There are twenty-three different tribes, most of whom practice animism with elements of Hinduism, although a number are Christian and a few Muslim. The Bodo Kacharis, Karbis, and Lalungs are patriarchal; the Khasis, Jaintias, and Garos are matriarchal, while the Dimasas have a patriarchal family structure but also have male and female clans who accord exclusive rights to women. Like other tribes in northeastern India, the Hmars, Rengma Nagas, and Garos have youth dormitories where young males are educated in tribal customs. The Zeme Nagas have dormitories for both males and females. In the Official Language Act of 1960, English and Assamese became official languages in the Brahmaputra Valley, while Bengali and English, along with Assamese, were official languages in the Barak Valley and the hill districts. The tribal people speak Tibeto-Burman, Austro-Asiatic, and Tibeto-Chinese languages, while the immigrant tea garden laborers speak Oriya, Mundari, Santhal, Tamil, and Telegu.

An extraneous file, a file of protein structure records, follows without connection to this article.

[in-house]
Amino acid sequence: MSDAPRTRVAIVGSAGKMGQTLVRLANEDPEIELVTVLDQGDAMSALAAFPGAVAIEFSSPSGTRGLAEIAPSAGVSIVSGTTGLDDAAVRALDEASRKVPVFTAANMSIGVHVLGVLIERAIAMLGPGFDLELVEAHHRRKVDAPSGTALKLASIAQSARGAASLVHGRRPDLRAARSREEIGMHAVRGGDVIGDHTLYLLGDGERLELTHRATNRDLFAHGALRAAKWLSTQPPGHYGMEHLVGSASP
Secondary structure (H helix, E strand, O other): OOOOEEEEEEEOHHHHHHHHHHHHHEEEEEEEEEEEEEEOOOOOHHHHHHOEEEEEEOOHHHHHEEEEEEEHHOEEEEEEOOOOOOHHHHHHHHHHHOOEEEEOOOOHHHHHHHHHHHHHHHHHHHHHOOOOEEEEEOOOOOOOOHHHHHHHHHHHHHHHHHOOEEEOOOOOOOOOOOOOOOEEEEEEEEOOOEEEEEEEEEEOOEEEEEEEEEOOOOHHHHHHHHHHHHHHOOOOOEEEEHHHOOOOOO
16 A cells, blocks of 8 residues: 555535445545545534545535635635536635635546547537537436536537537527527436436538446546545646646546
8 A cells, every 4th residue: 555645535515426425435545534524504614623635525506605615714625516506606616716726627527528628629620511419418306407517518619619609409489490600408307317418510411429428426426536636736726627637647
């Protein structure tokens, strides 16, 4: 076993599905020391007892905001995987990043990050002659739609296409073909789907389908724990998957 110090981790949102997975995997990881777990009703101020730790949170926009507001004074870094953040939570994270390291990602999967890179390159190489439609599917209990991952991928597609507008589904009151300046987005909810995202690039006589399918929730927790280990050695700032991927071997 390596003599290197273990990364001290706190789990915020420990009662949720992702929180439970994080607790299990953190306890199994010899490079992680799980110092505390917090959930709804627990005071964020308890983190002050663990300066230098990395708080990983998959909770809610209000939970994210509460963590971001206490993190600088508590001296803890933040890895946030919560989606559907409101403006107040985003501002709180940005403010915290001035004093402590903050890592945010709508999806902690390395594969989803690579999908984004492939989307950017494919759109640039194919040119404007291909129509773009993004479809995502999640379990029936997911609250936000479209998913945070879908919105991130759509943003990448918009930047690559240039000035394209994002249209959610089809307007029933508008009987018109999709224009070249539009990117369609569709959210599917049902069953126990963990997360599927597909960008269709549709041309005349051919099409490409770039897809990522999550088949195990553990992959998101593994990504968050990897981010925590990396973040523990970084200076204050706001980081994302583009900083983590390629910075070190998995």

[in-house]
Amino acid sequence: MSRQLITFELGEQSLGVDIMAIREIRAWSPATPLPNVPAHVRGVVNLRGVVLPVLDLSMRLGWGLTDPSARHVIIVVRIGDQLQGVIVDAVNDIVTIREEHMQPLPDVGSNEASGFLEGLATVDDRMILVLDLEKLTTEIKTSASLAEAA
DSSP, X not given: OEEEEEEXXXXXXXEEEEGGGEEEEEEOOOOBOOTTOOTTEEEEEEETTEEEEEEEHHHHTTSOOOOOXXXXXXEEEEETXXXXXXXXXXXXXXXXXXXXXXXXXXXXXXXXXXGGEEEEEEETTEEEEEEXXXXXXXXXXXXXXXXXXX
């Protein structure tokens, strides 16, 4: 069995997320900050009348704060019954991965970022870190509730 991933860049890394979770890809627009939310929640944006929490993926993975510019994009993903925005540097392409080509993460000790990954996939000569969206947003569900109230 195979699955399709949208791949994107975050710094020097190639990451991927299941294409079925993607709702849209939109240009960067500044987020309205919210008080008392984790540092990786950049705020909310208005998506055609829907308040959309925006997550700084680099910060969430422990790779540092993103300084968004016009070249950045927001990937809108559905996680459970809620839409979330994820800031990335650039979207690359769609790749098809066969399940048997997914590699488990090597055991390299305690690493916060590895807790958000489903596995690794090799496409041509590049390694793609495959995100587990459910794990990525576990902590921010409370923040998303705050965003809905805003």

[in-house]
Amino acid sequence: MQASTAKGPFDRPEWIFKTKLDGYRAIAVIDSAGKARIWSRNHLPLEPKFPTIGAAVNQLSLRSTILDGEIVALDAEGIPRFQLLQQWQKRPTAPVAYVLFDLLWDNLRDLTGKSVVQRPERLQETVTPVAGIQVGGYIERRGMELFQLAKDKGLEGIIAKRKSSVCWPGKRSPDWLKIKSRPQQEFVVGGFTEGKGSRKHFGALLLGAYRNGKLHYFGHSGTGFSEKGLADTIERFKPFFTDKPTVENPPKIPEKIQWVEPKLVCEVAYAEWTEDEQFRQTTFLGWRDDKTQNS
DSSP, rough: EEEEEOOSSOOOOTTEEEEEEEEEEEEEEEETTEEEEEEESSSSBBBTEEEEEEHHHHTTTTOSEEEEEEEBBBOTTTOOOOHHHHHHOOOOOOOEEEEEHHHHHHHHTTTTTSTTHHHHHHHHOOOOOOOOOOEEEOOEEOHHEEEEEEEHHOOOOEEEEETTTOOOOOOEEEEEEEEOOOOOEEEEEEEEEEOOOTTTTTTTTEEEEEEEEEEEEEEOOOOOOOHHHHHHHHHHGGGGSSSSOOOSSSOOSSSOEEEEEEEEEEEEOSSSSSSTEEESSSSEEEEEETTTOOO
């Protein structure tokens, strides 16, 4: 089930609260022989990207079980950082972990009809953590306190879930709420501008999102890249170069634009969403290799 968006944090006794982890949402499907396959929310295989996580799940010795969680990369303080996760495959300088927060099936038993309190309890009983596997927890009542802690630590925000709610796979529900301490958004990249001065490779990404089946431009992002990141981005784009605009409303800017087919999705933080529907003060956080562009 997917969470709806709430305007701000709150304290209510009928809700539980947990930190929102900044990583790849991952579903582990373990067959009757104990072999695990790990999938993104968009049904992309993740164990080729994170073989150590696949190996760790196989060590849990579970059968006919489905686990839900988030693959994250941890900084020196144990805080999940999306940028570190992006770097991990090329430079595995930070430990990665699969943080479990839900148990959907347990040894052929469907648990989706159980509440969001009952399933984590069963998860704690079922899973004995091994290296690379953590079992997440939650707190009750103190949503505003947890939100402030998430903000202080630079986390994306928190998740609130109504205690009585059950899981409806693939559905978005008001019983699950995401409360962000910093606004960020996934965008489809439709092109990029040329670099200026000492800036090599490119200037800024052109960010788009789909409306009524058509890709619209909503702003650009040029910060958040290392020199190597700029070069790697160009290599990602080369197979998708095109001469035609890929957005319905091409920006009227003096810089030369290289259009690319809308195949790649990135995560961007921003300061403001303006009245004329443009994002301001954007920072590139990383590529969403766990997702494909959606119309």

Some 800,000 looms are at work in Assam, and hand-loom weaving is a way of life. Assamese weavers produce such textiles as clothing, shawls, and quilts. Over 30,000 looms produce silk, and they are concentrated in the township of Sualkuchi, the "Manchester of Assam." Each ethnic group has its own distinctive design, depicting everything from animals and human figures to the galaxy. Jewelry, especially of gold, has also been a tradition in Assam. One tribe, the Sonowal Kacharis, specialize in panning for gold in the rivers that flow down from the Himalayas. The abundant cane of Assam is made into the renowned furniture of the state, and bamboo is used for a variety of products, including the japi, the colorfully decorated hat worn by Assamese peasants as they toil in the fields. Hajo, in Kamrup district, is the center of the important cottage brass industry, and nearby Sarhebari produces distinctive bell-metal objects. The Hira and the Kumar are two communities of pottery artisans, and the Khanikar are practitioners of the ancient art of woodcarving; the painted woodwork of Golaghat is prized by tourists. Fiber weaving, kuhila koth, is a renowned handicraft in Nagaon and Dhubri districts, and cork toys of gods, animals, and birds have been made for centuries in Goalpara.